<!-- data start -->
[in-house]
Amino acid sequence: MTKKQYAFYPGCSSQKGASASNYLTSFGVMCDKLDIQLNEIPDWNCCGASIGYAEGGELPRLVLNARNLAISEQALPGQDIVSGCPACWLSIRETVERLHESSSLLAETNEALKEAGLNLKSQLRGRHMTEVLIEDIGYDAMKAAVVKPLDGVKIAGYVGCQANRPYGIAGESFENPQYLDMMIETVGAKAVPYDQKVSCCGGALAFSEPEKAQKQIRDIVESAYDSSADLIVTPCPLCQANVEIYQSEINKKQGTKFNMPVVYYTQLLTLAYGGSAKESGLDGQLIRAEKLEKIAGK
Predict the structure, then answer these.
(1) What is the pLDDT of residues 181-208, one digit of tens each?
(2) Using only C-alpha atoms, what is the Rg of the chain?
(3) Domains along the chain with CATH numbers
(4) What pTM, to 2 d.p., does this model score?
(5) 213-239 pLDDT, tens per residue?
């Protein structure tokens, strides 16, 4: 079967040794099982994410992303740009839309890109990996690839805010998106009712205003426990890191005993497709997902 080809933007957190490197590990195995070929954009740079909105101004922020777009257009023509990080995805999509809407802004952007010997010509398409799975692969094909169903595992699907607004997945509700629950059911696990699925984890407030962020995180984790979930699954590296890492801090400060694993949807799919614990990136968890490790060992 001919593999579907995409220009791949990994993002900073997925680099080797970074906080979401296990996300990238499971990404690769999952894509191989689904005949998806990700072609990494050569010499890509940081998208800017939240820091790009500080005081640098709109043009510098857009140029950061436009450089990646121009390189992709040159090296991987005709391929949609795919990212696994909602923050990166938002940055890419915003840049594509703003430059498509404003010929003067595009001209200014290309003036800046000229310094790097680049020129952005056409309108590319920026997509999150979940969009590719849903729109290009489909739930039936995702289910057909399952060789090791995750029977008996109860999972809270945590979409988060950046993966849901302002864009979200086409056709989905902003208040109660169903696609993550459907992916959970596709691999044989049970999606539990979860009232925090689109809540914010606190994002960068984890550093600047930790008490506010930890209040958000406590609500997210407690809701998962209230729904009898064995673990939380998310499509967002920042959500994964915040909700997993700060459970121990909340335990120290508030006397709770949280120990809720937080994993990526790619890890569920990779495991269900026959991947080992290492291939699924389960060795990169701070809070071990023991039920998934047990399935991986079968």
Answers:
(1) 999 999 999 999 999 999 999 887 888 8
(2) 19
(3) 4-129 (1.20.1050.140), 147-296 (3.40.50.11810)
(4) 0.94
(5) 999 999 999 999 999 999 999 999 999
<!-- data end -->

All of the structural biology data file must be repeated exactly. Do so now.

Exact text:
[in-house]
Amino acid sequence: MTKKQYAFYPGCSSQKGASASNYLTSFGVMCDKLDIQLNEIPDWNCCGASIGYAEGGELPRLVLNARNLAISEQALPGQDIVSGCPACWLSIRETVERLHESSSLLAETNEALKEAGLNLKSQLRGRHMTEVLIEDIGYDAMKAAVVKPLDGVKIAGYVGCQANRPYGIAGESFENPQYLDMMIETVGAKAVPYDQKVSCCGGALAFSEPEKAQKQIRDIVESAYDSSADLIVTPCPLCQANVEIYQSEINKKQGTKFNMPVVYYTQLLTLAYGGSAKESGLDGQLIRAEKLEKIAGK
Predict the structure, then answer these.
(1) What is the pLDDT of residues 181-208, one digit of tens each?
(2) Using only C-alpha atoms, what is the Rg of the chain?
(3) Domains along the chain with CATH numbers
(4) What pTM, to 2 d.p., does this model score?
(5) 213-239 pLDDT, tens per residue?
């Protein structure tokens, strides 16, 4: 079967040794099982994410992303740009839309890109990996690839805010998106009712205003426990890191005993497709997902 080809933007957190490197590990195995070929954009740079909105101004922020777009257009023509990080995805999509809407802004952007010997010509398409799975692969094909169903595992699907607004997945509700629950059911696990699925984890407030962020995180984790979930699954590296890492801090400060694993949807799919614990990136968890490790060992 001919593999579907995409220009791949990994993002900073997925680099080797970074906080979401296990996300990238499971990404690769999952894509191989689904005949998806990700072609990494050569010499890509940081998208800017939240820091790009500080005081640098709109043009510098857009140029950061436009450089990646121009390189992709040159090296991987005709391929949609795919990212696994909602923050990166938002940055890419915003840049594509703003430059498509404003010929003067595009001209200014290309003036800046000229310094790097680049020129952005056409309108590319920026997509999150979940969009590719849903729109290009489909739930039936995702289910057909399952060789090791995750029977008996109860999972809270945590979409988060950046993966849901302002864009979200086409056709989905902003208040109660169903696609993550459907992916959970596709691999044989049970999606539990979860009232925090689109809540914010606190994002960068984890550093600047930790008490506010930890209040958000406590609500997210407690809701998962209230729904009898064995673990939380998310499509967002920042959500994964915040909700997993700060459970121990909340335990120290508030006397709770949280120990809720937080994993990526790619890890569920990779495991269900026959991947080992290492291939699924389960060795990169701070809070071990023991039920998934047990399935991986079968």
Answers:
(1) 999 999 999 999 999 999 999 887 888 8
(2) 19
(3) 4-129 (1.20.1050.140), 147-296 (3.40.50.11810)
(4) 0.94
(5) 999 999 999 999 999 999 999 999 999